Then a successful published writer friend told me to look at it like a pie chart. Writing was the dream slice. But the rest was necessary if I ever wanted anybody to read what I spent all that time alone in a dark room tapping away about on my keyboard. And especially, if I ever wanted to get paid for it. “You’re getting a flat ass for nothing,” he said. And he was right. My ass was flattening and no one was reading my stuff and I wasn’t getting paid a dime. (And they wonder why writers drink.)

I didn’t think of the writing life as a pie chart. I wanted to write like I wanted to canter on a horse. In other words, I didn’t want to deal with the saddle soap and the de-wormer. Or the training. Or the walking and stopping and doing circles if things got hairy. And then I was in a hot tub in LA one day and it’s a long story but it lead to an agent who signed me on as a client but with one question: Why aren’t you published? I gave her the writer’s answer: I used to write out of anger, but now I write out of gratitude. But that wasn’t the whole story.

It had more to do with pride. Shame. Guilt, even. How could I have worked so hard and not gotten published to wide acclaim? That was my prayer, after all. Please let me be published to wide acclaim. Spoken to so many horizons on so many beaches. I wish a pelican had flown by or a humpback whale would have flapped a fin in my face and said, “You ain’t gonna git published if you don’t send your work out, sister.” And maybe they did. I was too busy begging and crying and kicking sand around to notice.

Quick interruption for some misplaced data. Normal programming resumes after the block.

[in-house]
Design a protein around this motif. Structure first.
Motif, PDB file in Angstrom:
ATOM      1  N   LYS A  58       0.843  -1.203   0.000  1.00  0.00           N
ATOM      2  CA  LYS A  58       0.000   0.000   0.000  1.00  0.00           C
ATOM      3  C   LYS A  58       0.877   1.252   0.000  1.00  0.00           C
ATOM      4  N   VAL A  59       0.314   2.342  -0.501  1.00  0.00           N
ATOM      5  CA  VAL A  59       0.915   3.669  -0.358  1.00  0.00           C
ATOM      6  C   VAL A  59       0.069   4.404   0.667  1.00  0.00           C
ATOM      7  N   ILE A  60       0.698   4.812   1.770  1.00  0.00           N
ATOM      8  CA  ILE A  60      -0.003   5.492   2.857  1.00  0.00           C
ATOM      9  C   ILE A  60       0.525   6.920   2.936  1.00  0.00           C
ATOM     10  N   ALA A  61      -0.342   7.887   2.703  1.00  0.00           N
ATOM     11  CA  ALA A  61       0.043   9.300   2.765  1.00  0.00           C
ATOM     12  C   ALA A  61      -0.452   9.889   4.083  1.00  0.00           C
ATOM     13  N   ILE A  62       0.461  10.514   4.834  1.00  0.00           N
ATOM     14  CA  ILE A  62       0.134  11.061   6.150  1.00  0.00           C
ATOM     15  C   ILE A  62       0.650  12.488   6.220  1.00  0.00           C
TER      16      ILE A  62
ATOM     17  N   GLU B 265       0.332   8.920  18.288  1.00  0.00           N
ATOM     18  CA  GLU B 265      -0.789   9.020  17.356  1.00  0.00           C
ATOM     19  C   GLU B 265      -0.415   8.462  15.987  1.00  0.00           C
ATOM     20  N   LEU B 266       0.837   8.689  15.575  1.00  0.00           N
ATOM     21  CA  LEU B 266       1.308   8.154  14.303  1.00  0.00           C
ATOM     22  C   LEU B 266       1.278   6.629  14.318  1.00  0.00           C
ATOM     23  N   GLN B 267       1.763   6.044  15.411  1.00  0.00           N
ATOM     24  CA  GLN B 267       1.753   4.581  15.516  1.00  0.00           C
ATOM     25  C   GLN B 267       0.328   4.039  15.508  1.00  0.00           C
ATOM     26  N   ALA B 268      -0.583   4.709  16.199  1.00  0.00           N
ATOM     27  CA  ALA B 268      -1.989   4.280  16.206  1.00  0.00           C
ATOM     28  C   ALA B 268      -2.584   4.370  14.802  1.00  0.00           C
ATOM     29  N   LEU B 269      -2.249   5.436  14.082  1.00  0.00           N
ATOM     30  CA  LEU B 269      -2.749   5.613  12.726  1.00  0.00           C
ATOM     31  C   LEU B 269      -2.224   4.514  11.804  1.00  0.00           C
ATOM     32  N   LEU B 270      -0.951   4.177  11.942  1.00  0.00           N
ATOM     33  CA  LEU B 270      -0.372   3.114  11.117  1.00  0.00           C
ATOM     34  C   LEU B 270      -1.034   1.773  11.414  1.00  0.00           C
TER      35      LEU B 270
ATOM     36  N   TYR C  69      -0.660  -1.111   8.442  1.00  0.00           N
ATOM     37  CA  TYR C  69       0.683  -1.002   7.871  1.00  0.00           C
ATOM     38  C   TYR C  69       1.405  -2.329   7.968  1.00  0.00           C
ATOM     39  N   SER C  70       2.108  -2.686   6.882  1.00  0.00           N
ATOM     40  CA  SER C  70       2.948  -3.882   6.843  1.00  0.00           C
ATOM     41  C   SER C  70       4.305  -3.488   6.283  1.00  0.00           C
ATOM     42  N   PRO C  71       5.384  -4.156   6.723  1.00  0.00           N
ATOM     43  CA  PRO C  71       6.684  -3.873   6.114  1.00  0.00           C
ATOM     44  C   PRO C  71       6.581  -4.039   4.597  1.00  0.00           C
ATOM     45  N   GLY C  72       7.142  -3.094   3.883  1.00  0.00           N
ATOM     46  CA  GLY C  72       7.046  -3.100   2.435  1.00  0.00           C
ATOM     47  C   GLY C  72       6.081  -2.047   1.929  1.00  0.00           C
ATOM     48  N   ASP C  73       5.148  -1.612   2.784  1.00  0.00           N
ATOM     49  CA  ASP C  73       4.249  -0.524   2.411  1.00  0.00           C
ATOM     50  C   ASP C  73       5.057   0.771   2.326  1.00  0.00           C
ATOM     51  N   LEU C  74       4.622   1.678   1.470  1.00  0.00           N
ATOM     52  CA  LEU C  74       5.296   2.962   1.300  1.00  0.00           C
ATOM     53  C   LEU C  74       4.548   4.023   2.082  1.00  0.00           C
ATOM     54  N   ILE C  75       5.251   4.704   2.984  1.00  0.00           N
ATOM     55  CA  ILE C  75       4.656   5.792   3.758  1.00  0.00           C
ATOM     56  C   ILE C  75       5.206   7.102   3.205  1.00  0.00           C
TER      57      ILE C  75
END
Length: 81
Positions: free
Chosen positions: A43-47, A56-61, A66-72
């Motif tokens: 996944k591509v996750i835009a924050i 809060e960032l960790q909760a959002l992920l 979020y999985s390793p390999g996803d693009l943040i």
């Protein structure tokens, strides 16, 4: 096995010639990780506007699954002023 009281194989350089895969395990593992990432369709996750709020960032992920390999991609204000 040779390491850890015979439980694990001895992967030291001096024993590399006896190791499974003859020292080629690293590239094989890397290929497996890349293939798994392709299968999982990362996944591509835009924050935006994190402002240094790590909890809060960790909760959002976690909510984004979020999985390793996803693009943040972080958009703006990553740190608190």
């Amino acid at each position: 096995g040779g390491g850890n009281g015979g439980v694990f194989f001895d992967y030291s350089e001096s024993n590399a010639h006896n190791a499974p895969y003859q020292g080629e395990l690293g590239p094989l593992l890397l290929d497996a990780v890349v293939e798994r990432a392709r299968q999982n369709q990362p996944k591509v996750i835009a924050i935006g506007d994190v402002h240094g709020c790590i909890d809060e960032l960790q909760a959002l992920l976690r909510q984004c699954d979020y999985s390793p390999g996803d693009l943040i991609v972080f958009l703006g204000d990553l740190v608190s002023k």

Oh how we get in our own way. Oh the fences we build. So here I am, with that flotsam-flung prayer answered, trying to imagine my writing life as the pie chart I guess it’s been after all, trying not just to think of the pie. It would be blackberry, by the way. Or maybe strawberry rhubarb. If you asked me what I’m supposed to be doing right now, I’d tell you about the three files that are open in the tool bar below this sentence: Submissions winter 2010, submissions letters, magazines. And what am I doing? Writing about it. I have a huge body of work after all these years and I’m overwhelmed by it. I feel like Old Mother Hubbard with a copy of the Fiske Guide to Colleges in her already full lap. I’ve made six cups of tea this morning. I’ve checked my email approximately—well, a LOT, that’s how much. I’ve researched Italian Rosetta Stone language dvds. I’ve bought a pair of boots.